'Pharma Bro' gets 7 years in prison in securities fraud case
Updated 12:12 am, Monday, March 12, 2018
NEW YORK (AP) — The smirk wiped off his face, a crying Martin Shkreli was sentenced to seven years in prison for securities fraud Friday in a hard fall for the pharmaceutical-industry bad boy vilified for jacking up the price of a lifesaving drug.
Shkreli, the boyish-looking, 34-year-old entrepreneur dubbed the "Pharma Bro" for his loutish behavior, was handed his punishment after a hearing in which he and his attorney struggled with limited success to make him a sympathetic figure. His own lawyer confessed to wanting to punch him in the face sometimes.
The defendant hung his head and choked up as he admitted to many mistakes and apologized to the investors he was convicted of defrauding. At one point, a clerk handed him a box of tissues.
"I'm not the same person I was," Shkreli said. "I know right from wrong. I know what it means to tell the truth and what it means to lie."
He also said: "The only person to blame for me being here today is me. There is no conspiracy to take down Martin Shkreli. I took down Martin Shkreli."
In the end, U.S. District Judge Kiyo Matsumoto gave him a sentence that fell well short of the 15 years prosecutors wanted but was a lot longer than the 18 months his lawyer asked for. He was also fined $75,000.
Shkreli was found guilty in August of lying to investors in two failed hedge funds and cheating them out of millions. The case was unrelated to the 2015 furor in which he was accused of price-gouging, but his arrest was seen as rough justice by the many enemies he made with his smug and abrasive behavior online and off.
The judge insisted that the punishment was not about Shkreli's online antics or his raising the cost of the drug. "This case is not about Mr. Shkreli's self-cultivated public persona ... nor his controversial statements about politics or culture," Matsumoto said.
But she did say his conduct after the verdict made her doubt the sincerity of his remorse. She cited his bragging after the verdict that he would be sentenced to time served. And she quoted one piece of correspondence in which he wrote: "F--- the feds."
The judge ruled earlier that Shkreli would have to forfeit more than $7.3 million in a brokerage account and personal assets, including a one-of-a-kind Wu-Tang Clan album that he boasted of buying for $2 million.
Defense attorney Benjamin Brafman described Shkreli as a misunderstood eccentric who used unconventional means to make his defrauded investors even wealthier. He told the court that he sometimes wants to hug Shkreli and sometimes wants to punch him , but that his outspokenness shouldn't be held against him.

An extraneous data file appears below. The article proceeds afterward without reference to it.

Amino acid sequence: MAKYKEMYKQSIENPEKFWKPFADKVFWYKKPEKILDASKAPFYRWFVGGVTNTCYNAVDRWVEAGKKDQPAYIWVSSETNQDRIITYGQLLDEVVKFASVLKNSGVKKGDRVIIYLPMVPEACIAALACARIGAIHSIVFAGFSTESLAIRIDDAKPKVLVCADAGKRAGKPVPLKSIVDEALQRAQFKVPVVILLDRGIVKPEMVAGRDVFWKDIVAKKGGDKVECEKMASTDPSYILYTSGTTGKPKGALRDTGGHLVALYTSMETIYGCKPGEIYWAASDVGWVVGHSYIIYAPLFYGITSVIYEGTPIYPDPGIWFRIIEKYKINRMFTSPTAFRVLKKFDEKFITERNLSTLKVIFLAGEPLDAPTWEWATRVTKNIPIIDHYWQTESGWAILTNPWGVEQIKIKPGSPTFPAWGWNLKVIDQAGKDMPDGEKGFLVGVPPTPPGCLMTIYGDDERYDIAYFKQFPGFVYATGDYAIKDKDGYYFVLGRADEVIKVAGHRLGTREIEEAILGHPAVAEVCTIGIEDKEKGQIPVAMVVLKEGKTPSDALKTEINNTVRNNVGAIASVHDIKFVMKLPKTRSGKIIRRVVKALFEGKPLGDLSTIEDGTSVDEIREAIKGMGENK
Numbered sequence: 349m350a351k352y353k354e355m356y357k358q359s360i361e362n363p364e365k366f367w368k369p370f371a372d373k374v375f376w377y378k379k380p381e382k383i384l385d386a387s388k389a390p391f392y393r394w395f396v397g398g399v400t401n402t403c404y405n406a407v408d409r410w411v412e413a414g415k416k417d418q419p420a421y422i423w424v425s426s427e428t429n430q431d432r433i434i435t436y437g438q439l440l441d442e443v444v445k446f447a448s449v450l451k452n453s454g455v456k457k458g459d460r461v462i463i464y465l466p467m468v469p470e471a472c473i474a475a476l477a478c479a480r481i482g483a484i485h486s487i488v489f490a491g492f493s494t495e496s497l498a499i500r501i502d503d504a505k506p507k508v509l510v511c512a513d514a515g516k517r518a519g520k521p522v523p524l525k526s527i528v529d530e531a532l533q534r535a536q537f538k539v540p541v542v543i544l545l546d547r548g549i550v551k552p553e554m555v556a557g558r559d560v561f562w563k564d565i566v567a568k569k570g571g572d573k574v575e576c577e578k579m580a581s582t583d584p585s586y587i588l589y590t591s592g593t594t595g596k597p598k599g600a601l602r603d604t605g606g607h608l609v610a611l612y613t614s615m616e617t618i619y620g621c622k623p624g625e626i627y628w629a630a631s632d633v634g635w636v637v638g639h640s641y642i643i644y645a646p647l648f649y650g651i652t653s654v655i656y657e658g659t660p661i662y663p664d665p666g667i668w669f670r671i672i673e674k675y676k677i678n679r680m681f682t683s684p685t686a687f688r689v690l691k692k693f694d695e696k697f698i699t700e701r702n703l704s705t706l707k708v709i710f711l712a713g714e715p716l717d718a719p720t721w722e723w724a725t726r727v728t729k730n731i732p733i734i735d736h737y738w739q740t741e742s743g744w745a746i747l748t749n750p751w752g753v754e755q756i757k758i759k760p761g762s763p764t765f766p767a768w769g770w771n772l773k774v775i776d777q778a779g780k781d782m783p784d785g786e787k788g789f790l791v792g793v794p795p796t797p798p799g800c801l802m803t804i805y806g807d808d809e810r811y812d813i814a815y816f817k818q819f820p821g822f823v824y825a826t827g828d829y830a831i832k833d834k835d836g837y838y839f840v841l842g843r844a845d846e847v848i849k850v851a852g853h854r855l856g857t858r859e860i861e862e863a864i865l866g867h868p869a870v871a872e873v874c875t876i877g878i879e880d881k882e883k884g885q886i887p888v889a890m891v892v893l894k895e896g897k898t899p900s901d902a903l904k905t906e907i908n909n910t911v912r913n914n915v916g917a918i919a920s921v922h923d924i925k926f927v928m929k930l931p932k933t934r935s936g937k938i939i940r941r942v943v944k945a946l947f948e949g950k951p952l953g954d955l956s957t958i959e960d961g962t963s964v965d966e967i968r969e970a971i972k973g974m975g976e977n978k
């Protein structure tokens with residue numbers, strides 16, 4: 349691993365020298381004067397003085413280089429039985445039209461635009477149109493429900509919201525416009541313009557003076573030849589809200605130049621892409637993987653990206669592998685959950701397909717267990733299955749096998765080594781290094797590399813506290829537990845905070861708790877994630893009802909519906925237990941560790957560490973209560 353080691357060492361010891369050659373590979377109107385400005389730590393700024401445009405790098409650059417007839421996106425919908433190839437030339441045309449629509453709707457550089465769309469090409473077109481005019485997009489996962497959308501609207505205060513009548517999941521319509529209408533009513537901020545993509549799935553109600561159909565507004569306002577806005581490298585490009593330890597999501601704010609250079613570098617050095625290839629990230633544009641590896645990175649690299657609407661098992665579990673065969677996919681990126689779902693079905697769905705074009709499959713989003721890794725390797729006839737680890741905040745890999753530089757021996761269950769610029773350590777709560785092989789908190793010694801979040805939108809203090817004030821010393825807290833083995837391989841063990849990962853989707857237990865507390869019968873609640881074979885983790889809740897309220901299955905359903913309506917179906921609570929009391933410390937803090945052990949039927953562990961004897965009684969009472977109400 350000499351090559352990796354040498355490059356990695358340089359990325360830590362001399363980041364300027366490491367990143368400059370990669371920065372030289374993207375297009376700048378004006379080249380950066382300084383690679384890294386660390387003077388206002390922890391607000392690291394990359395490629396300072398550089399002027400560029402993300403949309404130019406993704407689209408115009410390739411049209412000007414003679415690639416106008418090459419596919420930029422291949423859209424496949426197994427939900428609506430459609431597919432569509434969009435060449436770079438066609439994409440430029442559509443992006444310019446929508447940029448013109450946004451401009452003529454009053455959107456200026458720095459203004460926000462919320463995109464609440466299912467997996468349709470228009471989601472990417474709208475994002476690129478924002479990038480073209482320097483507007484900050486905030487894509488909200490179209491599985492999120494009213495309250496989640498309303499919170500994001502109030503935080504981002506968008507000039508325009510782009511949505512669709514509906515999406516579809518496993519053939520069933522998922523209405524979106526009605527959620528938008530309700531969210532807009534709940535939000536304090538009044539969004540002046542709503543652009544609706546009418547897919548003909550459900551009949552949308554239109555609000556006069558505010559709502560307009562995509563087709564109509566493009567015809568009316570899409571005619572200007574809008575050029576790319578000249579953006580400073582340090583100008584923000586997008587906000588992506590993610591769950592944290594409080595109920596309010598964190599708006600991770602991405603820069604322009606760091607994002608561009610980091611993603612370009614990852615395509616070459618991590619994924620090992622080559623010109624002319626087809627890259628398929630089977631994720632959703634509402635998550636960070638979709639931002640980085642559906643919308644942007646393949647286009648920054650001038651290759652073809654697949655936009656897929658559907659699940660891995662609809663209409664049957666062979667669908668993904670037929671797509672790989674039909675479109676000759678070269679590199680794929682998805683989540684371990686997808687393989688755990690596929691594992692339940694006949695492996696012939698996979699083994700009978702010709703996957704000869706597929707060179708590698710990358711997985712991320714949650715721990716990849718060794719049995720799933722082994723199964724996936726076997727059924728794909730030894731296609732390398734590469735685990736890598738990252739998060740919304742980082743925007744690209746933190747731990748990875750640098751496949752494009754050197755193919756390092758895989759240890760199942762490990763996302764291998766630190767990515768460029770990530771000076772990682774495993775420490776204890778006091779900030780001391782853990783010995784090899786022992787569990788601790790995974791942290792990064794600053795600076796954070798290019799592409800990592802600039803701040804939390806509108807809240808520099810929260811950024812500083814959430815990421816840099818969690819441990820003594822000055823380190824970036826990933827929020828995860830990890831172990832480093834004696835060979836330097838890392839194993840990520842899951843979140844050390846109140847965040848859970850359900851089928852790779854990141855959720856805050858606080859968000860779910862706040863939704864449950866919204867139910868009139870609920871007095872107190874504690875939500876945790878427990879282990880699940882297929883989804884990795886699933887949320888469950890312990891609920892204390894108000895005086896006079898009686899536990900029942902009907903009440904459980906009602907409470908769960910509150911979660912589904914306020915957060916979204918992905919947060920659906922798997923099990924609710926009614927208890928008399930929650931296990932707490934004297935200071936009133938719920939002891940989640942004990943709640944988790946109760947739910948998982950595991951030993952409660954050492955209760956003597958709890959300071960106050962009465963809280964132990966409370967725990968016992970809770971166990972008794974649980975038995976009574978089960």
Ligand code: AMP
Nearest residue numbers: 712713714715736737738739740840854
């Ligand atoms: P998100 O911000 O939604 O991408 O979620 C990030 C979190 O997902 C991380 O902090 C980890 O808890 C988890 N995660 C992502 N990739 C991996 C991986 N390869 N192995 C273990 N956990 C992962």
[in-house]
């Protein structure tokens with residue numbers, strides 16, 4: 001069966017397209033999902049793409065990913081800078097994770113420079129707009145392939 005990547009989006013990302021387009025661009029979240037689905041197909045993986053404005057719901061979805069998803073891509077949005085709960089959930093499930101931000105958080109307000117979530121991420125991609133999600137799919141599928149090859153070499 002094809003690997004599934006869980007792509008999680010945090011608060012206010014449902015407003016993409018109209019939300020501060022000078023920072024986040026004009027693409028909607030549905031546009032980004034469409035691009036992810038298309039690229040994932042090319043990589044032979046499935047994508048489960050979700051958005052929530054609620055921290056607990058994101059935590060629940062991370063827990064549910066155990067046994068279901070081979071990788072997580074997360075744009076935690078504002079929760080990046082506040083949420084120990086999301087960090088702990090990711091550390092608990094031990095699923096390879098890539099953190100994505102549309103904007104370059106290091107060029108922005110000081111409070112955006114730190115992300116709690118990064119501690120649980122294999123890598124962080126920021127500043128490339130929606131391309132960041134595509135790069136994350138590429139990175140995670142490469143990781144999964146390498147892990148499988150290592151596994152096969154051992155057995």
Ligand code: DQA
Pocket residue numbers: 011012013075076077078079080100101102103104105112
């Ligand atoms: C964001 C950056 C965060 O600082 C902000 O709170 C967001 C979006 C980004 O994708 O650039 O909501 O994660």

"It's like the kids today who hit send before they really understand what they texted," Brafman said.
Prosecutors rejected that notion.
"Mr. Shkreli is not a child," federal prosecutor Jacquelyn Kasulis said. "He's not a teenager who just needs some mentoring. He is a man who needs to take responsibility for his actions."
Shkreli became the face of pharmaceutical industry evil in 2015 when he increased by 5,000 percent the price of Daraprim, a previously cheap drug used to treat toxoplasmosis, a parasitic infection that can be fatal to people with the AIDS virus or other immune system disorders.
Shkreli seemed to treat the case like a big joke. After his arrest in December 2015, he taunted prosecutors, got kicked off of Twitter for harassing a female journalist, heckled Hillary Clinton from the sidewalk outside her daughter's home, gave speeches with the conservative provocateur Milo Yiannopoulos and spent countless hours livestreaming himself from his apartment.
He also infuriated members of Congress at a Capitol Hill hearing on drug prices when he repeatedly cited his Fifth Amendment right against self-incrimination. Afterward, he tweeted that the lawmakers were "imbeciles."
Last fall, the judge revoked his bail and threw him in jail after he jokingly offered his online followers a $5,000 bounty to anyone who could get a lock of Clinton's hair.
Before sentencing him, the judge said that it was up to Congress to fix the issue of the drug price hike. And she noted that Shkreli's family and friends "state, almost universally, that he is kind and misunderstood" and willing to help others in need. She said it was clear he is a "tremendously gifted individual who has the capacity for kindness."
Some of the letters sent to the court on his behalf were as quirky as the defendant himself. One woman described how she became an avid follower of Shkreli's social media commentary, which she described as being "on par with some form of performance art."
Another supporter said Shkreli's soft side was demonstrated when he adopted a cat from a shelter — named Trashy — that became a fixture on his livestreams.